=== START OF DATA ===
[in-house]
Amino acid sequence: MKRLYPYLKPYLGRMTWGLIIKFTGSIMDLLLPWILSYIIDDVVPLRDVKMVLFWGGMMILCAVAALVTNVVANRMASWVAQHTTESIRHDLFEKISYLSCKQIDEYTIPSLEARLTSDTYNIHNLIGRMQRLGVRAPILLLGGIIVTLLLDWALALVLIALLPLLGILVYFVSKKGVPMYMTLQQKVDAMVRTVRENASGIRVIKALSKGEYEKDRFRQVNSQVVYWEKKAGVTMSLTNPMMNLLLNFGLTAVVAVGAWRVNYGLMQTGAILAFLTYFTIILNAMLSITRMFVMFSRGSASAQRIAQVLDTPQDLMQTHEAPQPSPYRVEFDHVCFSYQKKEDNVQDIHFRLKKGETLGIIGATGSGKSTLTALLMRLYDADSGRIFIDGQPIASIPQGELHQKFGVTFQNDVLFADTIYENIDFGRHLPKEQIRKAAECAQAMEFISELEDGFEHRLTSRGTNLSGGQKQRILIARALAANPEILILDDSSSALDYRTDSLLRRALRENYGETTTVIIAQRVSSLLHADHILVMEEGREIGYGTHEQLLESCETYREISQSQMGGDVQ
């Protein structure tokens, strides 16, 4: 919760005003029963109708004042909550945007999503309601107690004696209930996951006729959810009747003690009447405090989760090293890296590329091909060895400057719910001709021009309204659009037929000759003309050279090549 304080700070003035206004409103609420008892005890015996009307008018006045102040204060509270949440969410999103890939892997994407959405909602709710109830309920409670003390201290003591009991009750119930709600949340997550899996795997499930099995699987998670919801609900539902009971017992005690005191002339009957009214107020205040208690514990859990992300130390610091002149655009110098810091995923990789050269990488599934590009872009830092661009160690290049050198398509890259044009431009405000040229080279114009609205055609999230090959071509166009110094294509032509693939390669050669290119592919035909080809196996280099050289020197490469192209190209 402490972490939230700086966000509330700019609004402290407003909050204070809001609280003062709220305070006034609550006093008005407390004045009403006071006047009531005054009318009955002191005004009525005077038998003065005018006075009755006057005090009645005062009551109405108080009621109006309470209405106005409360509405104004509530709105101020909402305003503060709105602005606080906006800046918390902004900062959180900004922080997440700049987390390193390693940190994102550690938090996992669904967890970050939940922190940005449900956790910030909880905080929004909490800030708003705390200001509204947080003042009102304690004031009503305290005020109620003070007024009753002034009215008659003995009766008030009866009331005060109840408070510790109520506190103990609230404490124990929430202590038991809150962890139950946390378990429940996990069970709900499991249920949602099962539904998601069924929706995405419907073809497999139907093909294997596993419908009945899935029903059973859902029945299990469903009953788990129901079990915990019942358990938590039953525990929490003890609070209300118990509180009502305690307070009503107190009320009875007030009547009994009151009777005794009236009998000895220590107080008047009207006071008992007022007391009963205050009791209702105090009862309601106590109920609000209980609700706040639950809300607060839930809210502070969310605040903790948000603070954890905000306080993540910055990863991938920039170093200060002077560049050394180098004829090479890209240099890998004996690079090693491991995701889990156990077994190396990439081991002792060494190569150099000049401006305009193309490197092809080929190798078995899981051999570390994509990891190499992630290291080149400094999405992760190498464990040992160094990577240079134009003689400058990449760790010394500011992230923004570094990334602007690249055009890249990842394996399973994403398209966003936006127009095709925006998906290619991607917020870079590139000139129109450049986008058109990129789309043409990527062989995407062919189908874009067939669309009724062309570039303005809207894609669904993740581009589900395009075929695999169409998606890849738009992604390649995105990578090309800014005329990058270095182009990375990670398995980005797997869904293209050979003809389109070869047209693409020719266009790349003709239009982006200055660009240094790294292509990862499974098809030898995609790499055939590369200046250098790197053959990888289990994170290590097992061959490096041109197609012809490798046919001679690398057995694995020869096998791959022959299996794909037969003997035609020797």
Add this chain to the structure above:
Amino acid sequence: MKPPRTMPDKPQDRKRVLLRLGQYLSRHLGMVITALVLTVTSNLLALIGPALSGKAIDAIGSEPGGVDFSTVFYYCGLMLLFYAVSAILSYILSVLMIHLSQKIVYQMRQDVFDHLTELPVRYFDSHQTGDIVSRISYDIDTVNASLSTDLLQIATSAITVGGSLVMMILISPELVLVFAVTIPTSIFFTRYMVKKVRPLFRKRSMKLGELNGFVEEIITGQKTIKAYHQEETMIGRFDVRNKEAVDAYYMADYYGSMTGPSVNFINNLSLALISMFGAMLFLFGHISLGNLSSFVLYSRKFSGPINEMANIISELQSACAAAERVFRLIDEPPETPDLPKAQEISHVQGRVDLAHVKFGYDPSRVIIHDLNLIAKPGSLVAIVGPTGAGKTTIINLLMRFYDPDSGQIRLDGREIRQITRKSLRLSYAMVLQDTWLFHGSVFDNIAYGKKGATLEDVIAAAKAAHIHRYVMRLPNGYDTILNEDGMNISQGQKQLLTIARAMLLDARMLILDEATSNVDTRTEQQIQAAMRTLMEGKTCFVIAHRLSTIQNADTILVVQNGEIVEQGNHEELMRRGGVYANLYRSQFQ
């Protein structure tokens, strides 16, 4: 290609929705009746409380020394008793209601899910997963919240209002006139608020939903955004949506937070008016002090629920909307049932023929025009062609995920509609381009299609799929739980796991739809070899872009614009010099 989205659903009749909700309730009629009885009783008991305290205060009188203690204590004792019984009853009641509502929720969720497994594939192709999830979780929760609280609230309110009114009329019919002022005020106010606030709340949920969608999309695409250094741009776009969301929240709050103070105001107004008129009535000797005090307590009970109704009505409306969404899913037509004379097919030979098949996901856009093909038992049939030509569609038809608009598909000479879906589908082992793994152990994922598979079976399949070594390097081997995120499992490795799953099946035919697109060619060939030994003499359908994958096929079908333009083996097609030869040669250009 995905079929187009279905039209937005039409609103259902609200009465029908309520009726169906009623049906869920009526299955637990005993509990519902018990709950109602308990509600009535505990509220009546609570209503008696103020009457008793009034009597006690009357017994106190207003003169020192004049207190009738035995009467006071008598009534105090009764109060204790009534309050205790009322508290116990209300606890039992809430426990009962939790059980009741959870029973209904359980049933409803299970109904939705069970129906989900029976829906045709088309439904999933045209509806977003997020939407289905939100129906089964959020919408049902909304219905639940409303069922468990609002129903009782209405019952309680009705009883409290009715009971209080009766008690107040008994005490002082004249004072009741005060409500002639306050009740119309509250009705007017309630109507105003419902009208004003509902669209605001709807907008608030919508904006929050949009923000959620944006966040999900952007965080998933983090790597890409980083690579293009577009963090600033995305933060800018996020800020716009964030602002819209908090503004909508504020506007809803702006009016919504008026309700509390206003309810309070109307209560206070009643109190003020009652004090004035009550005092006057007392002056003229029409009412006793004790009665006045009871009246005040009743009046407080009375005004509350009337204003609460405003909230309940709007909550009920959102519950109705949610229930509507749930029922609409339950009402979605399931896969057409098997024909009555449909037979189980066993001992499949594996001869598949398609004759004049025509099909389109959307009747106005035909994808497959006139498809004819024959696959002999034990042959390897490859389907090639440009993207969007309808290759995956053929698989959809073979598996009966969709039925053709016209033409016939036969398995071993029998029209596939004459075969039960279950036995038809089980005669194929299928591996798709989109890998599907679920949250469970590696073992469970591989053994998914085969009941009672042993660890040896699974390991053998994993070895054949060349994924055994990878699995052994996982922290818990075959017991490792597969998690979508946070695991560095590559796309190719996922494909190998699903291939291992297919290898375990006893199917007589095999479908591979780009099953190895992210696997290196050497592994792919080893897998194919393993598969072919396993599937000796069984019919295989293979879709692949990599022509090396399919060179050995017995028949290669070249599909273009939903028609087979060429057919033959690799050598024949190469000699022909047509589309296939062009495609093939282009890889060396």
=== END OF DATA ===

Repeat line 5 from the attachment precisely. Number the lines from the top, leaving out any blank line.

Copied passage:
Amino acid sequence: MKPPRTMPDKPQDRKRVLLRLGQYLSRHLGMVITALVLTVTSNLLALIGPALSGKAIDAIGSEPGGVDFSTVFYYCGLMLLFYAVSAILSYILSVLMIHLSQKIVYQMRQDVFDHLTELPVRYFDSHQTGDIVSRISYDIDTVNASLSTDLLQIATSAITVGGSLVMMILISPELVLVFAVTIPTSIFFTRYMVKKVRPLFRKRSMKLGELNGFVEEIITGQKTIKAYHQEETMIGRFDVRNKEAVDAYYMADYYGSMTGPSVNFINNLSLALISMFGAMLFLFGHISLGNLSSFVLYSRKFSGPINEMANIISELQSACAAAERVFRLIDEPPETPDLPKAQEISHVQGRVDLAHVKFGYDPSRVIIHDLNLIAKPGSLVAIVGPTGAGKTTIINLLMRFYDPDSGQIRLDGREIRQITRKSLRLSYAMVLQDTWLFHGSVFDNIAYGKKGATLEDVIAAAKAAHIHRYVMRLPNGYDTILNEDGMNISQGQKQLLTIARAMLLDARMLILDEATSNVDTRTEQQIQAAMRTLMEGKTCFVIAHRLSTIQNADTILVVQNGEIVEQGNHEELMRRGGVYANLYRSQFQ